We also must respect human life and dignity (for once) when advancing (or suppressing) medical science, and we're making progress here, as well (We’re firing scientists nationwide). Last month, I signed a pro-life bill supporting ethical treatment and research using stem cells from umbilical cord blood (and all while eating spaghetti). I also renew my call for Congress to ban all forms of human cloning (I call it the Michael Keaton’s “Multiplicity” Act). Because human life is a gift from our Creator (Neo?) and should never be used as a means to an end (or “el fin” as the French would call it), we will not sanction the creation of life only to destroy it (at least not until you’re recruitment age).
By changing laws we can change our culture (and by change I mean destroy). And your persistence and prayers, Nellie (or Tom. Whichever), and the folks there with you, are making a real difference (Who, us? Oh, we’re just here for the free pizza). We, of course, seek common ground where possible (and then we go for full invasion); we're working to persuade more of our fellow Americans of the rightness of our cause (remember, America...we’re WATCHING yooooou...). And this is a cause that appeals to the conscience of our citizens (just like “Desperate Housewives”), and is rooted in America's deepest principles (do you mean the OLD principles of freedom and equality, or the NEW principles of greed and conformity?) -- and history tells us that with such a cause, we will prevail (because if there’s anyone who needs their rights taken away, it’s these crazy women! Take off those business shoes and make me some macaroni!!!).
Again, Nellie (whatever), thank you for letting me come to speak to you (if you start hearing a clicking on your phone, don’t be alarmed). Tell everybody there that I ask for God's blessings on them and their families (unless they don’t believe in God, in which case ask them to prepare for the cleansing), and, of course, may God continue to bless our grand country (because Lord knows someone has to look out for its well-being).
(Applause from people who follow an agenda that pleads to spare the lives of unborn fetuses while neglecting to shed a tear for those who die either in misguided wars or from poverty caused by a dwindling economy. Oh, did I say that out loud?)
TEN RANDOM OBSERVATIONS:
1). Jonathan Rhys-Meyers was miscast in "Match Point". There should be a lot of tension surrounding that character as his cheating, lies and manipulations are weighing him down, and I don't think he was up to the challenge. Everything else about the movie was great, though.
2). Sad songs are generally longer than happy ones. I think it's because we want to linger on sad thoughts more than we want to indulge feelings of joy. I was making two mix CD's today - one with downbeat songs, one with upbeat songs. There is only a seven-second difference between the CD's and yet the upbeat CD has 23 tracks, while the downbeat CD has only 16.
3). Perhaps the reason the video game character Mario is so famous in our pop culture is that he is an underdog. Rather than being a strapping knight with a horse and a sword, he's an overweight plumber with a thick Italian accent. And yet, because of his knowledge of the underground piping systems, he ends up being the only person who can save a beautiful princess from a fire-breathing dragon. Maybe we all wish we could be like Mario, and that's why we play the games. Or maybe it's because they're fun.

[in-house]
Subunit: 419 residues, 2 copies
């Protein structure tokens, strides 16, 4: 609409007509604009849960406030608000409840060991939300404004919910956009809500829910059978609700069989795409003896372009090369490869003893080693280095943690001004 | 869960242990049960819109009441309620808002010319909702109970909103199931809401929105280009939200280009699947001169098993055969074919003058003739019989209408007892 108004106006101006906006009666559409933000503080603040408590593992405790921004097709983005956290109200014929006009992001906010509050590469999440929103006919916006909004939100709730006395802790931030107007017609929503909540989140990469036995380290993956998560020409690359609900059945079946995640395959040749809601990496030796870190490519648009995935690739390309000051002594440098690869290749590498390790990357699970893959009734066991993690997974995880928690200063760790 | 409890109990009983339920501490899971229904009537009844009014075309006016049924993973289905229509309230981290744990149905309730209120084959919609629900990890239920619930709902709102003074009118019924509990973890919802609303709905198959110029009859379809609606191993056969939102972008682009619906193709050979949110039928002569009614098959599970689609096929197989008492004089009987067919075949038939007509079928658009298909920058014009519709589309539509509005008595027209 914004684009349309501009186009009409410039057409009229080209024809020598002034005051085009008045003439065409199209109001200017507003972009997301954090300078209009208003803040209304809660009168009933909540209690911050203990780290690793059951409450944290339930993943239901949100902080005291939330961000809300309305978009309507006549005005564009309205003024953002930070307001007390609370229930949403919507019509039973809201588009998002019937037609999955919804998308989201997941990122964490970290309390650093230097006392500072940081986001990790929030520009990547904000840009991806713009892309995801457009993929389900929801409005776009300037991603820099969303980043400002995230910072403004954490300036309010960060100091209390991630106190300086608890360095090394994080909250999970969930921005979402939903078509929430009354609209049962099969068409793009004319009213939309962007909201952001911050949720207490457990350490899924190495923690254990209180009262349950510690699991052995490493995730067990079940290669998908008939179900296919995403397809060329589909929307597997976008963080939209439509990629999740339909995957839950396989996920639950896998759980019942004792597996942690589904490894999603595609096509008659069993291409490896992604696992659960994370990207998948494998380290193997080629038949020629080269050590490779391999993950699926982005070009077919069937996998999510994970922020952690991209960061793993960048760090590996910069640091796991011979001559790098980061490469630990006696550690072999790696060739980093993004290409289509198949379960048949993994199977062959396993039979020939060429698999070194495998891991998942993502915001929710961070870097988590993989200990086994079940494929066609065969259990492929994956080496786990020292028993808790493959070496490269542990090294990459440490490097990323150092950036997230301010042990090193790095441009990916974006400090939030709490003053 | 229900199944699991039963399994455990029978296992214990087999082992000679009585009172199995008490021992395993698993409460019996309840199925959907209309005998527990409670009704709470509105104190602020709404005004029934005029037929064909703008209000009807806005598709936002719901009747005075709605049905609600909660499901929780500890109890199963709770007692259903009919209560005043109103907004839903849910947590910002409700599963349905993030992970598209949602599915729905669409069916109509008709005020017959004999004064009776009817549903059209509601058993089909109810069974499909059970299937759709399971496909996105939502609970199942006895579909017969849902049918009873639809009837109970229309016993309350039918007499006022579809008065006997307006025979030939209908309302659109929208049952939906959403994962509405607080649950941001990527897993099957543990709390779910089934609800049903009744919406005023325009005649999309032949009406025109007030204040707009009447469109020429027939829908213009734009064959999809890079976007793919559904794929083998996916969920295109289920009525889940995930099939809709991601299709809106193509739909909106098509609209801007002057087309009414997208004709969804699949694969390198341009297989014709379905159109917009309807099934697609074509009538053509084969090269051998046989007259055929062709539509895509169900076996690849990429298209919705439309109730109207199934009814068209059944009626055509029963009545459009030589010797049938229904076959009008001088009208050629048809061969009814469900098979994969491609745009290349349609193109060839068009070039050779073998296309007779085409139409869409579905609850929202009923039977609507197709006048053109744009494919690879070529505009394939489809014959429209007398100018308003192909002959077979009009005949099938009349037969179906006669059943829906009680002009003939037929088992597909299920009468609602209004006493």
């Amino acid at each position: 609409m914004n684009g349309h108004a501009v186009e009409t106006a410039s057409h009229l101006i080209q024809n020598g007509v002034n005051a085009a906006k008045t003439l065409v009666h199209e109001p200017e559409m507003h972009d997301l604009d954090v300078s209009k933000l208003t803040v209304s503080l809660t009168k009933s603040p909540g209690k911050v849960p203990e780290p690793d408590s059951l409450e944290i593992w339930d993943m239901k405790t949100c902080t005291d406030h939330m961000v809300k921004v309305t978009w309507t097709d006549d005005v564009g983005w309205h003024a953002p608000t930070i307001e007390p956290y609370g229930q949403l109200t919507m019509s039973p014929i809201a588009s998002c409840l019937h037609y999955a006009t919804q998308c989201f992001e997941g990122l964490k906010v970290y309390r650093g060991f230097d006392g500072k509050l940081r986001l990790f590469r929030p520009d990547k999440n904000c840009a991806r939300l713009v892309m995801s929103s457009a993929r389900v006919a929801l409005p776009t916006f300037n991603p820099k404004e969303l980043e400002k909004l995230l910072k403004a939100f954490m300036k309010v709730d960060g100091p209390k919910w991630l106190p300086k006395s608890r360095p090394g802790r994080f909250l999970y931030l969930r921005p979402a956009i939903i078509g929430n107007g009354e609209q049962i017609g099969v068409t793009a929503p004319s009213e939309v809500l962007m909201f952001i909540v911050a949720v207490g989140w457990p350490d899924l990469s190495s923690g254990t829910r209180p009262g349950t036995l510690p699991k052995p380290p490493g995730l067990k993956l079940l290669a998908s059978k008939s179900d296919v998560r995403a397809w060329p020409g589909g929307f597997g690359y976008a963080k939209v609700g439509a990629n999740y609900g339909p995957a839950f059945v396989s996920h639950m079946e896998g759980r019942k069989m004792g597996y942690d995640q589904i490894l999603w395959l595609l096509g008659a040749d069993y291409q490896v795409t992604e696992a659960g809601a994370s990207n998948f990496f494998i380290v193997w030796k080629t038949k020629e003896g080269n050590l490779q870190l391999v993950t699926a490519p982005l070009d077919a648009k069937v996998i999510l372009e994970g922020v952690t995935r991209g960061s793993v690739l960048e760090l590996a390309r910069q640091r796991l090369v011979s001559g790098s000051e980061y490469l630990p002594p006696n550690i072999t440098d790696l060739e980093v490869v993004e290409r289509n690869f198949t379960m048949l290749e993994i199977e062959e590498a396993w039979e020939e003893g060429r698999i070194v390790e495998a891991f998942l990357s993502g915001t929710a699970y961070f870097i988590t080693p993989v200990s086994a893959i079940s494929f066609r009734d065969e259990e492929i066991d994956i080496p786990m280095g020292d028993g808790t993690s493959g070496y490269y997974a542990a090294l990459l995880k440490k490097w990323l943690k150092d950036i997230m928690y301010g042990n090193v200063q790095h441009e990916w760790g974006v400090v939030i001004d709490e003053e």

4). Both Franz Kafka and Sarah Kane had issues with their body. Not so much in vain sense of feeling fat or being scrawny, but in the sense of feeling like their minds and souls were better fitted in different vessels, whether it be another body, another era or another species.
5). Sometimes you can be too friendly and too charismatic with your customer service, to the point where you become off-putting, awkward and almost creepy (especially when you not only make physical contact with a woman, but question the gender and sexuality of a man).
6). "Transamerica" will apparently never open up in Orange County. At this point, it's not even in Los Angeles. Felicity Huffman will surely get an Oscar nomination, and so people will hear about and desire to see the movie eventually (especially "Desperate Housewives" fans). Century Stadium 25 cannot hold out on me much longer. They're going to have to show it soon enough.
7). Directing an actress who operates on the same wavelength that you do is a thing that not only pleases, but invigorates. Only two rehearsals in, I'm finding that Jessica and I see eye to eye on nearly everything.
8). I'm surprisingly not nervous about starting playwriting classes at South Coast Repertory that will be taught by rising playwright Noah Haidle. Perhaps it is because I have so many things going on in my life, and this latest development happened so quickly and so suddenly. I will probably be unable to let it fully set in until I finally there.
9). Mention was made to me today about the upcoming O.C. Weekly Theater Awards (the Tony's of Orange County). I get way too much pleasure out of predicting awards shows, and this one is particularly fun to research considering that I actually know some of these people.
10). I wish I were at the Sundance Film Festival. A snowball fight with Zooey Deschanel and Michel Gondry sounds really good right about now.
Last night was the first rehearsal of "4.48 Psychosis", the Sarah Kane play that I have been pestering the Hunger Artists Theatre Company to let me direct for over a year. I pulled into the parking lot and took a couple of deep breaths, reminding myself that I have good people on my side. That I'm a talented guy who knows what he's doing. That I'm not curing cancer, just putting on a show, and if it fails, the world will continue turning.